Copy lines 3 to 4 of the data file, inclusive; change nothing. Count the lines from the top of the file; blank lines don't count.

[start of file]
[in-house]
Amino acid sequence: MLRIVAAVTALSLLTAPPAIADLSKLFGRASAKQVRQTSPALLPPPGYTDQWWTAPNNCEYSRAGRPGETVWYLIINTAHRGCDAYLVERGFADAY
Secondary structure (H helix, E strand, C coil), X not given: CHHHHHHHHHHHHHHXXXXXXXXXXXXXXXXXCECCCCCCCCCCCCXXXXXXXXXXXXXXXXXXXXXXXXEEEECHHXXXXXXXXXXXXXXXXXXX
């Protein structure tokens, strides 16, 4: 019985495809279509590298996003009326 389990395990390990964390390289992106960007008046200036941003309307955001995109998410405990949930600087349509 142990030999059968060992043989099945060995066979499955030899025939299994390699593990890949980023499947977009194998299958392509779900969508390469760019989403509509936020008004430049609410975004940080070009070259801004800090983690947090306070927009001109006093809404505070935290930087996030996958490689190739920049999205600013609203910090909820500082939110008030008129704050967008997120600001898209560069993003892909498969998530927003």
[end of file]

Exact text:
Secondary structure (H helix, E strand, C coil), X not given: CHHHHHHHHHHHHHHXXXXXXXXXXXXXXXXXCECCCCCCCCCCCCXXXXXXXXXXXXXXXXXXXXXXXXEEEECHHXXXXXXXXXXXXXXXXXXX
């Protein structure tokens, strides 16, 4: 019985495809279509590298996003009326 389990395990390990964390390289992106960007008046200036941003309307955001995109998410405990949930600087349509 142990030999059968060992043989099945060995066979499955030899025939299994390699593990890949980023499947977009194998299958392509779900969508390469760019989403509509936020008004430049609410975004940080070009070259801004800090983690947090306070927009001109006093809404505070935290930087996030996958490689190739920049999205600013609203910090909820500082939110008030008129704050967008997120600001898209560069993003892909498969998530927003």